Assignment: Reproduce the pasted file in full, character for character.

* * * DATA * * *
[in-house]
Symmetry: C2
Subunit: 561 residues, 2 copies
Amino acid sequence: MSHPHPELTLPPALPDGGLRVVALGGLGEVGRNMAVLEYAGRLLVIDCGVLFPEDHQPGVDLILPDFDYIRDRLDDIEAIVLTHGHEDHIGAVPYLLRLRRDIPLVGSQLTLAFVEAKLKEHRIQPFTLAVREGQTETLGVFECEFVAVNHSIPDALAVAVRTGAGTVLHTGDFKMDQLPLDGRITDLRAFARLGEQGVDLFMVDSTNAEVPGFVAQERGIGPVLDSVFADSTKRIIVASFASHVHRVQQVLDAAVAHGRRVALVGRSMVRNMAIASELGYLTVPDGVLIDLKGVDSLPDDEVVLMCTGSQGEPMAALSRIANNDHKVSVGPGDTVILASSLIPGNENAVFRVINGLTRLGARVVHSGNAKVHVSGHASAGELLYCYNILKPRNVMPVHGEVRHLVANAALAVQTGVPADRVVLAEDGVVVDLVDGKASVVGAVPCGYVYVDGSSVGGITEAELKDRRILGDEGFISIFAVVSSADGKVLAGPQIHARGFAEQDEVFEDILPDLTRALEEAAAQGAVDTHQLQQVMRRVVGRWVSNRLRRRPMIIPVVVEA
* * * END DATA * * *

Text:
[in-house]
Symmetry: C2
Subunit: 561 residues, 2 copies
Amino acid sequence: MSHPHPELTLPPALPDGGLRVVALGGLGEVGRNMAVLEYAGRLLVIDCGVLFPEDHQPGVDLILPDFDYIRDRLDDIEAIVLTHGHEDHIGAVPYLLRLRRDIPLVGSQLTLAFVEAKLKEHRIQPFTLAVREGQTETLGVFECEFVAVNHSIPDALAVAVRTGAGTVLHTGDFKMDQLPLDGRITDLRAFARLGEQGVDLFMVDSTNAEVPGFVAQERGIGPVLDSVFADSTKRIIVASFASHVHRVQQVLDAAVAHGRRVALVGRSMVRNMAIASELGYLTVPDGVLIDLKGVDSLPDDEVVLMCTGSQGEPMAALSRIANNDHKVSVGPGDTVILASSLIPGNENAVFRVINGLTRLGARVVHSGNAKVHVSGHASAGELLYCYNILKPRNVMPVHGEVRHLVANAALAVQTGVPADRVVLAEDGVVVDLVDGKASVVGAVPCGYVYVDGSSVGGITEAELKDRRILGDEGFISIFAVVSSADGKVLAGPQIHARGFAEQDEVFEDILPDLTRALEEAAAQGAVDTHQLQQVMRRVVGRWVSNRLRRRPMIIPVVVEA